Advent is not....

Today, Sunday December 2, is the first Sunday of the season of Advent and the beginning of a new year, Year A, in the liturgical calendar of the Church.

Although the Church is only just beginning its period of preparation for Christmas, retailstores put their Christmas gift displays and Christmas decorations in place months ago, and I am already heartily sick of hearing favourite Christmas Carols being interrupted by raucous announcements that checkout 5 is now operating!

Advent is probably the most misunderstood and misrepresented season of the liturgical year.  Over the years I have written several columns about the nature of Advent and its purpose. It might be instructive to counter some of the misconceptions about this season by looking at what Advent is not.

Advent is not Christmas. It is a period of waiting, of anticipation, of preparation for the celebration of Christ’s birth, but it is not the time for celebrating that event. In fact, the first three weeks of Advent focus on Christ’s second coming at the end of time. It is only from December 17th that the readings and prayers of the Mass start to refer directly to the birth of Christ. Not until this date should we even think about singing Christmas carols at Mass or putting up the nativity scene in the church!

There is plenty of time to sing carols and to pray before the crib during the Christmas season, which does not finish until the Baptism of the Lord, which falls on 13th January in 2008. While there seems to be general acceptance of the fact that it is not appropriate to sing ‘Alleluias’ before the Easter Vigil, this is not translated into an understanding of the inappropriateness of singing carols long before 25 December.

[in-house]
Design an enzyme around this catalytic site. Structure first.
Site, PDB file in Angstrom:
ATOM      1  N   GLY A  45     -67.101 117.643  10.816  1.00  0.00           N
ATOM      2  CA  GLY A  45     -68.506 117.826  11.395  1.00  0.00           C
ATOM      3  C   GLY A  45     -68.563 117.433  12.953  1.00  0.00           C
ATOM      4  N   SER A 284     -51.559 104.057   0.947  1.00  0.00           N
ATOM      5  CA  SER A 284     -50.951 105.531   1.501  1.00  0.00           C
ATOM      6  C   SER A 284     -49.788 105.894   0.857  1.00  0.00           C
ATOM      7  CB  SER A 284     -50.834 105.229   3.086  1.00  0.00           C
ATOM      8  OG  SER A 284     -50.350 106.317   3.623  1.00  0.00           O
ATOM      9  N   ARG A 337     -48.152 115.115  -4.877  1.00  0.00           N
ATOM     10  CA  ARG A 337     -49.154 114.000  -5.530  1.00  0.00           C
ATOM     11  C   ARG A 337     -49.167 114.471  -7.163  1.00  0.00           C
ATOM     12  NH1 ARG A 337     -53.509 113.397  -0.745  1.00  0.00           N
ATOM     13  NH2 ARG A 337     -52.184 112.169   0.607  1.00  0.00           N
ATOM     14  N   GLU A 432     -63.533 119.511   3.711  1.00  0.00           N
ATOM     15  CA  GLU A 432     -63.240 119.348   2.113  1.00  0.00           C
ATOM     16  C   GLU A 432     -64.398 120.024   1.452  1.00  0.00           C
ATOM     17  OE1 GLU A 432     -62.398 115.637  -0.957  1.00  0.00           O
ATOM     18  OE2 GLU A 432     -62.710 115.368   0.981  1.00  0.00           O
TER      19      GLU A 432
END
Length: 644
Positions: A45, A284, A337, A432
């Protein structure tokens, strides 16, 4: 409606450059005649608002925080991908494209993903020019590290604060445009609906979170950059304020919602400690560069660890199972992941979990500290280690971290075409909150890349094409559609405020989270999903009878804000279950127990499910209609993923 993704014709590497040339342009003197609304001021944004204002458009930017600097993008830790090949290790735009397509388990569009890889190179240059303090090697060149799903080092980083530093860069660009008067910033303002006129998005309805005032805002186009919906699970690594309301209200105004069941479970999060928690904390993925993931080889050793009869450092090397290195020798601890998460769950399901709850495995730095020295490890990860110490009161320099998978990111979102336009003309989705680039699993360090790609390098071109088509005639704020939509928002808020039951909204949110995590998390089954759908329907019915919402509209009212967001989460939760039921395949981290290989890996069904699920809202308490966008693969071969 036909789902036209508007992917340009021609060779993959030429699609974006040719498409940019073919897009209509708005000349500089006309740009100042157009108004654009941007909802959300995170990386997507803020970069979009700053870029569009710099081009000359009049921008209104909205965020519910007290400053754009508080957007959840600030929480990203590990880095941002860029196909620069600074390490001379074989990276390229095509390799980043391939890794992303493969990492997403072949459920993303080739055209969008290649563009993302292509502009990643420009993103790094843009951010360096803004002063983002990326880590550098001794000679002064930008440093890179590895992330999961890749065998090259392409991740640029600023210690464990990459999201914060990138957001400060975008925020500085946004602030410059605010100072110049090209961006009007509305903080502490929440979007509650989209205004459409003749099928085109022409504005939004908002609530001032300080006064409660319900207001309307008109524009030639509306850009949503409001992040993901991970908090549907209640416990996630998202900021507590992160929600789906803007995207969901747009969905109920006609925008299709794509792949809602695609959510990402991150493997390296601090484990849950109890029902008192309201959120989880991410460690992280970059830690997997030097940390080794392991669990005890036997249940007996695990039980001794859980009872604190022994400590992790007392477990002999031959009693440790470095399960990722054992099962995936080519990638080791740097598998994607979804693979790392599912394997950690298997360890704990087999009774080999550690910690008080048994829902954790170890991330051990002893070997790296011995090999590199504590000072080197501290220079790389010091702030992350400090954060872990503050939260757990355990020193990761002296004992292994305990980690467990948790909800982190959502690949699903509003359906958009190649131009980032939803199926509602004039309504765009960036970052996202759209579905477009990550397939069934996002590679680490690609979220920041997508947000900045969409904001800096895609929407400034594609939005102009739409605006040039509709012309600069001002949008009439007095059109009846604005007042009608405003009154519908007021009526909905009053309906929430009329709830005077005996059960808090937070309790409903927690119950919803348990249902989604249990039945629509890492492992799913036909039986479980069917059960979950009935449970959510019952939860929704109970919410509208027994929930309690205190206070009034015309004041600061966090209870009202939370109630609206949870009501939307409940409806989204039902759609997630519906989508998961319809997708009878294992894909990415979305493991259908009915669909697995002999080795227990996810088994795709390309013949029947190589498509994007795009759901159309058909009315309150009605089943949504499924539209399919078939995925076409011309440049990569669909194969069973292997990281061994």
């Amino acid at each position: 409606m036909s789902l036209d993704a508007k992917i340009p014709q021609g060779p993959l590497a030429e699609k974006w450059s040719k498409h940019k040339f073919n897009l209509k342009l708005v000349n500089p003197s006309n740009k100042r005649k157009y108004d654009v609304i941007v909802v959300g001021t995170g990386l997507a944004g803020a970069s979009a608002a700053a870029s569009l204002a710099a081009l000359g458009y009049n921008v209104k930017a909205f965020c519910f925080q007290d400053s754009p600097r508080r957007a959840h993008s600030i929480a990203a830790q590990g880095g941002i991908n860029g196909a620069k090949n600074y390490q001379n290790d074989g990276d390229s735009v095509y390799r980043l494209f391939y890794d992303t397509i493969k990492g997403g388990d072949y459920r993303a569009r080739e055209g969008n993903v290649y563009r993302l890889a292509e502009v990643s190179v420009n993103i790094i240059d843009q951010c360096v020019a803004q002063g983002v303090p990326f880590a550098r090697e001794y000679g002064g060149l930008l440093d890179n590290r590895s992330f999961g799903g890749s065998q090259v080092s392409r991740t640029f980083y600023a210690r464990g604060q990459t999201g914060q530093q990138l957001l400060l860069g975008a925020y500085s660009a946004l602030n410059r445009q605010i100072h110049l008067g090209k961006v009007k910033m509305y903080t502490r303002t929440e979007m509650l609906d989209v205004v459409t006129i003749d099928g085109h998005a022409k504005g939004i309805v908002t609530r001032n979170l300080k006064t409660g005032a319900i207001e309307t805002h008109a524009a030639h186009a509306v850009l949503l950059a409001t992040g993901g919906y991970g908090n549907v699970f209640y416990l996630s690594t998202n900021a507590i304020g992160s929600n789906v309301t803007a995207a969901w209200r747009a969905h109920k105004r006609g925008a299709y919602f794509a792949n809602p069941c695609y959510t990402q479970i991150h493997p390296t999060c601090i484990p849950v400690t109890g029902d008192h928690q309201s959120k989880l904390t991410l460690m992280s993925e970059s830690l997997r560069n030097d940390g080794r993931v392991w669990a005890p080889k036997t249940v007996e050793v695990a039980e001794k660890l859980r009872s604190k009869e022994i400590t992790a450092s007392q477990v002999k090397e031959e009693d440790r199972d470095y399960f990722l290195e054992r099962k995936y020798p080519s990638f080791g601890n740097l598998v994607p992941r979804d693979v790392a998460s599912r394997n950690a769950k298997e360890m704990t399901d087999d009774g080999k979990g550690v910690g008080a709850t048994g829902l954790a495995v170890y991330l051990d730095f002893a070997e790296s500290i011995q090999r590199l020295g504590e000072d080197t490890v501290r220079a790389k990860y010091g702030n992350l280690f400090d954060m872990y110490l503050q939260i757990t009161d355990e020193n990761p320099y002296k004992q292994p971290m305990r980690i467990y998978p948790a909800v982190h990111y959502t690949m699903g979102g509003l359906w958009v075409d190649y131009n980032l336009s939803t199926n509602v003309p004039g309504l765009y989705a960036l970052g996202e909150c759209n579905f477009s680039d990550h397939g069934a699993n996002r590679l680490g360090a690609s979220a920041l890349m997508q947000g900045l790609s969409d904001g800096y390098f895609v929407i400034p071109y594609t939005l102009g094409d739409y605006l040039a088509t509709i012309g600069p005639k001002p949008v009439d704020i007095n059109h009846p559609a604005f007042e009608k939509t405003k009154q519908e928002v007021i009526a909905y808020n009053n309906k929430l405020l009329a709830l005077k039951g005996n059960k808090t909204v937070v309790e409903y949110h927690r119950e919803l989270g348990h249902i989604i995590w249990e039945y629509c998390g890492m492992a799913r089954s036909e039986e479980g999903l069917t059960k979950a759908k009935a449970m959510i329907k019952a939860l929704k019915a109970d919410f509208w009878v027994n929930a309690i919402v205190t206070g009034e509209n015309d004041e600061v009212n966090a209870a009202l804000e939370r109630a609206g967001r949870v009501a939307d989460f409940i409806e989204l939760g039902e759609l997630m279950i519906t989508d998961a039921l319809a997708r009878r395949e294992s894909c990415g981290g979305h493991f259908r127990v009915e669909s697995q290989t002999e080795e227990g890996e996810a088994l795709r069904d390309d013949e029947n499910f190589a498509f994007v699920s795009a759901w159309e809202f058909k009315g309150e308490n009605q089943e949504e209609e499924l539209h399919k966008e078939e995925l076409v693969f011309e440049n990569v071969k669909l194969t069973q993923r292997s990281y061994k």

Advent is not Lent. In the past, Advent took on penitential characteristics, but the liturgical documents describe Advent as a time of ‘devout and joyful expectation’ (my emphasis). Many parishes use a lighter shade of violet for Advent vestments to emphasise that it is different from Lent. The Gloria is omitted during Advent, not because it is a season of penance and abstinence, but so that we might sing this hymn, which echoes of the song of the angels heralding the birth of Christ, with renewed joy and vigour on Christmas night.

Advent is not the end of the year for the Church as it is for the secular calendar, but rather the beginning of a new liturgical cycle. We have now moved into year A, the year of Matthew, in the 3-year cycle of Sunday readings, and into year 2 for weekdays. Preaching and liturgical symbols during Advent need to emphasise that this time of year is for Christians not an ending, but a new beginning, a chance to start again with hope in the future.

It is no easy task in the midst of all the contrary messages and images thrown up by the world for the Church to be counter-cultural and remain faithful to the true spirit of Advent, but at least we should make an effort!
“God of power and mercy, open our hearts in welcome.  Remove the things that hinder us from receiving Christ with joy, so that we may share his wisdom and become one with him when he comes in glory.” (Opening Prayer, 2nd Sunday of Advent)


Elizabeth Harrington